Even as Martin O’Malley’s presidential crypto-campaign bandwagon–generally considered the most advanced and viable this side of the imaginary campaign of Elizabeth Warren–hit a potential pothole on the mean streets of Baltimore this week, Vermont Sen. Bernie Sanders made it official: he’s in.
One threshold question Sanders will have to face in getting himself taken seriously is why he’s making his first race for the presidency at the age of 73. He could plausibly say it’s taken the events and political dynamics of the last eight years to make his previously exotic self-identification as a “socialist” a badge of honor.
Beyond that, Sanders is probably the right person to challenge HRC’s electability argument with the longstanding but rarely tested (at least at the national level) electability claim of the Labor Left: that a lot of independents and even Republicans would be attracted to an agenda with items like single-payer health care (“Medicare for All”) and a pledge to insulate American workers from low-wage overseas competition.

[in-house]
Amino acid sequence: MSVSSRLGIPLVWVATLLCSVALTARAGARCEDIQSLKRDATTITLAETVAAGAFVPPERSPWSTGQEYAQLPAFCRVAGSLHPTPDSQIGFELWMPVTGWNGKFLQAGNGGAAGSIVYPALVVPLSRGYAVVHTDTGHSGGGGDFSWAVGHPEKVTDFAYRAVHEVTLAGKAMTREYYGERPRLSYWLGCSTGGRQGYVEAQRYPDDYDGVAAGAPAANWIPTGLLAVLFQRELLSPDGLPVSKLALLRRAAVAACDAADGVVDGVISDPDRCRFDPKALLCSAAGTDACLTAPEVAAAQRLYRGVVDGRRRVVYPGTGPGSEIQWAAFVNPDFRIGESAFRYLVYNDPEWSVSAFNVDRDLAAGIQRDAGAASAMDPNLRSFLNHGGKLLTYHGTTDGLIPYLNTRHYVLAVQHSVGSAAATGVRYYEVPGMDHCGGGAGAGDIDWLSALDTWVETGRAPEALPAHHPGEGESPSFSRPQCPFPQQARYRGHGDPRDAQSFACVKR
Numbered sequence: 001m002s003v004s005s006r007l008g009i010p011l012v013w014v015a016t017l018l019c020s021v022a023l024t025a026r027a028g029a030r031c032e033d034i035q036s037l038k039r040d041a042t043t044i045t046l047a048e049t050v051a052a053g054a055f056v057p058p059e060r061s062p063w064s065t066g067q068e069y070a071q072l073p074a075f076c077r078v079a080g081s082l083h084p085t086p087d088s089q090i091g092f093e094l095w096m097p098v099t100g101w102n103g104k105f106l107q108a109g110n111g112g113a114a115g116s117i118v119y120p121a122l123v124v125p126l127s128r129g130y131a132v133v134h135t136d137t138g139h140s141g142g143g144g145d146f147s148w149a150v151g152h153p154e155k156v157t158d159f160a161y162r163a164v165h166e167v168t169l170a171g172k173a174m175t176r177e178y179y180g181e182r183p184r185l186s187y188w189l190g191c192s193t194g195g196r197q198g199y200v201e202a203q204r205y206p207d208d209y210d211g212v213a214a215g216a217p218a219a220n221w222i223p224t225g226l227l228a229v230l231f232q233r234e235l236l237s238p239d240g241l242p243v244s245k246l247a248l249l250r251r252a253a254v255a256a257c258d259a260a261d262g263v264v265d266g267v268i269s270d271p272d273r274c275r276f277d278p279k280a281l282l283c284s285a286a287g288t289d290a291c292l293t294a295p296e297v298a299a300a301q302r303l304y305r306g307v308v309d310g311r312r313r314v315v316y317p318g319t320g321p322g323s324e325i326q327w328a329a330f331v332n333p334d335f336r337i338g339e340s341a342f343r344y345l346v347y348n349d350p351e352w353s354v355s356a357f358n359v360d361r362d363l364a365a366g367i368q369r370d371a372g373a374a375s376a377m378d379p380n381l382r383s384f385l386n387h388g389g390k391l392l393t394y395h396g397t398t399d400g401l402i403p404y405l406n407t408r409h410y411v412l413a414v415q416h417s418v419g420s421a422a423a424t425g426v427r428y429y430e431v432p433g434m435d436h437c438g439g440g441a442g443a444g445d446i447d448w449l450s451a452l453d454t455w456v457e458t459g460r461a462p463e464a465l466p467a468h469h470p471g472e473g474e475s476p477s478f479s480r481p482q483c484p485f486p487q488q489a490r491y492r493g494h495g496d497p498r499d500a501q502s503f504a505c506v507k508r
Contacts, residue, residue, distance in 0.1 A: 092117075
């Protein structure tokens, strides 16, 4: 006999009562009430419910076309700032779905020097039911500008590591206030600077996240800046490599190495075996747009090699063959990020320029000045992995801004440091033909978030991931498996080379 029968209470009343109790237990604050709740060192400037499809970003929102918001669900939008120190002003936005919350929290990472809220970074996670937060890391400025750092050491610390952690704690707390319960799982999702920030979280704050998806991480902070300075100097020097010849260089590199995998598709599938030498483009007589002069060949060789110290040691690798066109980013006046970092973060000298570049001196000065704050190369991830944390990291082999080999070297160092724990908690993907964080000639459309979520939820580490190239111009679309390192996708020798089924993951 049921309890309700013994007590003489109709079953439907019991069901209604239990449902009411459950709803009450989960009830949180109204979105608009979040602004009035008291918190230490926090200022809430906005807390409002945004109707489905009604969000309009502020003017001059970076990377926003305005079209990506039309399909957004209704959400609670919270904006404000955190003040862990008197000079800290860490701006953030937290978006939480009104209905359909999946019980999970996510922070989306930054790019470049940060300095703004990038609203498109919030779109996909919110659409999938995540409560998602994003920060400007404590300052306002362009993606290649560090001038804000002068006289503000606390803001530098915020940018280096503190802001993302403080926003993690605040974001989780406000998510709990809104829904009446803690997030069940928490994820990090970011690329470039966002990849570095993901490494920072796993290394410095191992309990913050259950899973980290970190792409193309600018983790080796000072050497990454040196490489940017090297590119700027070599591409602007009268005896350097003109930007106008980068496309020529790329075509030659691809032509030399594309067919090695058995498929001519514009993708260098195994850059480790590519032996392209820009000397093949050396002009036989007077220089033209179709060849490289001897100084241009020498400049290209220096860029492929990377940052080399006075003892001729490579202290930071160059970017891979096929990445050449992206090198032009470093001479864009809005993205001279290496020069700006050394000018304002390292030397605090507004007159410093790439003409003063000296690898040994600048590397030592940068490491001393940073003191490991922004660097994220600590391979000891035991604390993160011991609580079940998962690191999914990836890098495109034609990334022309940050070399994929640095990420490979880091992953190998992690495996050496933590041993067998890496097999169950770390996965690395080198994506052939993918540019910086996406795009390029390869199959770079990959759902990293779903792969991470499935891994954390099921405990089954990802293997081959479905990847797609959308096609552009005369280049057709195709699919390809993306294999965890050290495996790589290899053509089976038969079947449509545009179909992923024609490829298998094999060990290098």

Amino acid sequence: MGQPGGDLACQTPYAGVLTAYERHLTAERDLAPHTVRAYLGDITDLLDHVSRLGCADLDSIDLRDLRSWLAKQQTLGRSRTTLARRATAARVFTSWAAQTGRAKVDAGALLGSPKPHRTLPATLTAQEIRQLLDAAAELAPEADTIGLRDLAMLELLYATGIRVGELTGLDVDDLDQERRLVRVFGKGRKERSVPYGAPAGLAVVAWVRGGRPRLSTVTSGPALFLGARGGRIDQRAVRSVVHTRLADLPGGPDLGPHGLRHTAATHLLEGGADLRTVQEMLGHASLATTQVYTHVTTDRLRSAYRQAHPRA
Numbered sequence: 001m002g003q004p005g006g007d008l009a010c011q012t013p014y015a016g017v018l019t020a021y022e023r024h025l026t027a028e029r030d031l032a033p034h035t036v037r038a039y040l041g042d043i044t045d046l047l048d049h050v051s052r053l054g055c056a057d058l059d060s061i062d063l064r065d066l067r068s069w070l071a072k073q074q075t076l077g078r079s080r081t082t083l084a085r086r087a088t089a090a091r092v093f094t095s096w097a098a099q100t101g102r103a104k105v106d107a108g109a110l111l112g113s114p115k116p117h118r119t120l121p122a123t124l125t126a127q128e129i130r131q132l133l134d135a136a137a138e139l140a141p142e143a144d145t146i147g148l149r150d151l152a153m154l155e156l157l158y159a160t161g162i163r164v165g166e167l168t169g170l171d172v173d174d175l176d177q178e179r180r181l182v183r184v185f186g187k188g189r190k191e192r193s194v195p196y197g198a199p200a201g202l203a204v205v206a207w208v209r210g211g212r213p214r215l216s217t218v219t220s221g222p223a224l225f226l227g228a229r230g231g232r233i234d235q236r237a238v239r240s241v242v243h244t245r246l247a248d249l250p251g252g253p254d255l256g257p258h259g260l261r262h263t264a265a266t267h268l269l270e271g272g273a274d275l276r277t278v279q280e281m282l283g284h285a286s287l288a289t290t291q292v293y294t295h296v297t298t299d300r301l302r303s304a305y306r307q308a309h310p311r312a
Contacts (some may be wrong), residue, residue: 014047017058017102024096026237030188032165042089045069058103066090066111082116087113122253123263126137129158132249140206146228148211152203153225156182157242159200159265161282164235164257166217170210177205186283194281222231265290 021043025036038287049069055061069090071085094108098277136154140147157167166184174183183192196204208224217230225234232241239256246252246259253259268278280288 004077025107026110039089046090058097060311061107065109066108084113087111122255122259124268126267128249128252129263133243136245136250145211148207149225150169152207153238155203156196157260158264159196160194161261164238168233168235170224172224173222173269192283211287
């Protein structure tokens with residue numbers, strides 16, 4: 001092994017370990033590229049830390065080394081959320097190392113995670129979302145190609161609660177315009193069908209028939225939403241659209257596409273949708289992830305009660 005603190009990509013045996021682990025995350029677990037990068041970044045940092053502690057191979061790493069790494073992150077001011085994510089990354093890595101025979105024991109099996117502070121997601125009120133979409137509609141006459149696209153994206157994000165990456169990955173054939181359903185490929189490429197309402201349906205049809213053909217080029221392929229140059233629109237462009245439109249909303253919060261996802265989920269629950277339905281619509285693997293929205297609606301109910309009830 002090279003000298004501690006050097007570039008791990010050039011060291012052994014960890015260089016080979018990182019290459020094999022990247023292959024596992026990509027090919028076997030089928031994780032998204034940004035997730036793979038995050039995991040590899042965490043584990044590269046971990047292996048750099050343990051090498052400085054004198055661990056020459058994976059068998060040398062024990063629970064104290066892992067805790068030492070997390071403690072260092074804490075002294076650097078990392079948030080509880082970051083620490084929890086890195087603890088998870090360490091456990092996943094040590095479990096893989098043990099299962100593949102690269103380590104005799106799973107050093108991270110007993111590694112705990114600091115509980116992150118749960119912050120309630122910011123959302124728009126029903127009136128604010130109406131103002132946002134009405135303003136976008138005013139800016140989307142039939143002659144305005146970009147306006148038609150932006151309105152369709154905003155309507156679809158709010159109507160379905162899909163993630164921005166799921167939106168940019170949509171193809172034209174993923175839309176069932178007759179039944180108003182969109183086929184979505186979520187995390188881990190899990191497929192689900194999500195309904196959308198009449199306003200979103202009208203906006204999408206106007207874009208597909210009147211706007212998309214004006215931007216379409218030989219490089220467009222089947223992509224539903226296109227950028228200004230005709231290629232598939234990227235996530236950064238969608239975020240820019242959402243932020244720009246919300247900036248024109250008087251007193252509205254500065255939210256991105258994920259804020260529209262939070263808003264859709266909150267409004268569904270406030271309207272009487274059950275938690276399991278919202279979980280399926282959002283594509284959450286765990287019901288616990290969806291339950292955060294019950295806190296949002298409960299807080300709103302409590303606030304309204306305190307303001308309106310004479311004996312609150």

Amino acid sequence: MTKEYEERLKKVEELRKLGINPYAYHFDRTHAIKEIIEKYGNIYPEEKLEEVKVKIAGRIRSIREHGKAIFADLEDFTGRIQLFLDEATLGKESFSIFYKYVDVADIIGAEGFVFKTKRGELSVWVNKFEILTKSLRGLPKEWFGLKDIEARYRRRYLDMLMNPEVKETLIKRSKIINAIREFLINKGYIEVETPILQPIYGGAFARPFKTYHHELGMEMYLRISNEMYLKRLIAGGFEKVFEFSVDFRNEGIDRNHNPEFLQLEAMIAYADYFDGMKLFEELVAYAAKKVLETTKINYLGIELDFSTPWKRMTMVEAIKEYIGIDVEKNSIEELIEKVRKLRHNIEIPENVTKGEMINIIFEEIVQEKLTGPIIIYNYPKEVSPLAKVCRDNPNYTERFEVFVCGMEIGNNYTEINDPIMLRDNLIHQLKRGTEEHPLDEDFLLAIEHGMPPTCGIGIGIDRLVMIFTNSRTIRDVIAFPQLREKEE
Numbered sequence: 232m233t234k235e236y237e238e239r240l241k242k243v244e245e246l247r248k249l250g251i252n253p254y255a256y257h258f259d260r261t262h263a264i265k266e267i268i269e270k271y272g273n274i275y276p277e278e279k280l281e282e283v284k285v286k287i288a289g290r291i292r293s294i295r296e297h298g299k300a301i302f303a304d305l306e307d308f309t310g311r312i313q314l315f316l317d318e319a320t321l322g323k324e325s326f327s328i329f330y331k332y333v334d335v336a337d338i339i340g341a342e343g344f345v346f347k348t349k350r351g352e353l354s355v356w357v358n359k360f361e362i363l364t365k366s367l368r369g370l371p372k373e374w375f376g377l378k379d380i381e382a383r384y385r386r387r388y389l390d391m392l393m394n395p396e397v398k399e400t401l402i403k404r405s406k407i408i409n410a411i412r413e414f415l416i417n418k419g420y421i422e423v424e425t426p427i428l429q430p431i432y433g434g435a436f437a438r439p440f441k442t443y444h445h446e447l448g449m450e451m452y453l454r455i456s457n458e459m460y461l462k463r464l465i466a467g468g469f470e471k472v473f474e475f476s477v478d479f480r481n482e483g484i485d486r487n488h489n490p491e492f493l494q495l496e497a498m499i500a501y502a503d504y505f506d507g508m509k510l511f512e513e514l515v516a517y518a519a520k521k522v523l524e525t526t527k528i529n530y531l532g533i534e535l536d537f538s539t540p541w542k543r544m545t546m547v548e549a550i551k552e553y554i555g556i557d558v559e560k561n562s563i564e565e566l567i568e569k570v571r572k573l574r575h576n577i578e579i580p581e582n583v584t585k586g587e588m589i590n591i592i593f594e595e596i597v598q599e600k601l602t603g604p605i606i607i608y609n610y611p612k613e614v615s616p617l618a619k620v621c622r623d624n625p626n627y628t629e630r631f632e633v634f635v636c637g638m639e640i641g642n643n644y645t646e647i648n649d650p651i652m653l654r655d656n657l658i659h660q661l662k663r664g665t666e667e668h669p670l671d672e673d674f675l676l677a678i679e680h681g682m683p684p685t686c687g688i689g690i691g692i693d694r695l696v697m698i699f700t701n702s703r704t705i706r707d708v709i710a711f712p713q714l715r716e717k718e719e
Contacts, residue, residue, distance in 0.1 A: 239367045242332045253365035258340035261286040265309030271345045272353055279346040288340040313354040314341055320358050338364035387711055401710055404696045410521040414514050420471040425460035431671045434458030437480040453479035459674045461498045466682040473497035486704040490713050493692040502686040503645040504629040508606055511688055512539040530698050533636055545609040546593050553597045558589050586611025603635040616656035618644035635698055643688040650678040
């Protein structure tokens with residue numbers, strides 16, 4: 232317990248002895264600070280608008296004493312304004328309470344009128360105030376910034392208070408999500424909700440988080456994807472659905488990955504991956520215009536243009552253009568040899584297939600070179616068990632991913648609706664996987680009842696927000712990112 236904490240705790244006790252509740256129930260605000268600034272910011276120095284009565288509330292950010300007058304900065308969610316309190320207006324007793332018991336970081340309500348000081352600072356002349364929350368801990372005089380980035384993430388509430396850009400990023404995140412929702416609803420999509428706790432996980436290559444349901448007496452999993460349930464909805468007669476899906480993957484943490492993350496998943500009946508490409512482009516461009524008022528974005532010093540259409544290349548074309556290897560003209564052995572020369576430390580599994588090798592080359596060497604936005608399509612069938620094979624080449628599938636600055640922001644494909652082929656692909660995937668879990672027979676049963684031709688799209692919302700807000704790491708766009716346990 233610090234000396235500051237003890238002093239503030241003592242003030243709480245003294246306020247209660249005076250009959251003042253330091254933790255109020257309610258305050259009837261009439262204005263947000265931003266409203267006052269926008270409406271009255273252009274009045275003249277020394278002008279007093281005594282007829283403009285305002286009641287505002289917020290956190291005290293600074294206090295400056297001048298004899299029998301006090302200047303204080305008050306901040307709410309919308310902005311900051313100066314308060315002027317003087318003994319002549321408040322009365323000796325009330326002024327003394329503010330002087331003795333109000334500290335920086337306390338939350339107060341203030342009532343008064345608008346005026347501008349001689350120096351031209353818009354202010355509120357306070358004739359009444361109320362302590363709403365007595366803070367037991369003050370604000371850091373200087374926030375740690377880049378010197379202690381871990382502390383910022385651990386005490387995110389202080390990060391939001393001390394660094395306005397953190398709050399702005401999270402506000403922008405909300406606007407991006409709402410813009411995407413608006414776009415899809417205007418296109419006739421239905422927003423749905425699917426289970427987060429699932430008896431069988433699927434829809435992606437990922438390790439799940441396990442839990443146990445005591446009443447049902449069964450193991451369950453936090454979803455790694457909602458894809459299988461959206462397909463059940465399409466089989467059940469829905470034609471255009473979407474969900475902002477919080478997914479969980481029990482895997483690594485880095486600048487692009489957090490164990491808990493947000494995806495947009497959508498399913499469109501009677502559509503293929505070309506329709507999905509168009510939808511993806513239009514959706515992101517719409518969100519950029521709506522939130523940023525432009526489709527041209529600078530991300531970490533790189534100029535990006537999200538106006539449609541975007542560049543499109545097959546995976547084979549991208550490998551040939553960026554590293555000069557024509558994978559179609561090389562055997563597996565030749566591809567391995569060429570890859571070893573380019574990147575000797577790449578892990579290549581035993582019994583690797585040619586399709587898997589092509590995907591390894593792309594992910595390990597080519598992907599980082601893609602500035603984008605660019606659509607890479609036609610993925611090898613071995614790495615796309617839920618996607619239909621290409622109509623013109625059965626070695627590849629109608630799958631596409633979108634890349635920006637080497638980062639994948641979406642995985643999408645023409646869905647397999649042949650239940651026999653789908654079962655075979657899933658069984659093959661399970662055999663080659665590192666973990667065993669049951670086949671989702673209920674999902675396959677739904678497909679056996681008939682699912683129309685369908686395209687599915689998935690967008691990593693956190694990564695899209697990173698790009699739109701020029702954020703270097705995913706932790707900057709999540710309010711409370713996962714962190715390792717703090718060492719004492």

As for what his candidacy means for HRC, I would guess he’s exactly the kind of rival she’d hope for if she has to have one: a genuinely nice guy who probably won’t cooperate with Republicans by hurling personal epithets at her. That’s important, because she might have drawn an opponent who shares the unfortunate tendency of some lefty folk to believe any Democrat who doesn’t share their self-evidently correct views on every topic is either a coward or a whore. I would also guess that Sanders will react positively and graciously if HRC takes positions closer to his than is expected, instead of treating her as a coward or whore who’s running scared.
Inevitably the question will arise: is Sanders a “serious” candidate? Matt Taibbi may be right in saying that the media could make Sanders “serious” if they’d just stop dismissing him because he’s not raising tons of money. As it is, he is an abundantly qualified candidate representing a legitimate POV that’s well established, historically and in current public opinion, within the Democratic Party. That’s a serious matter.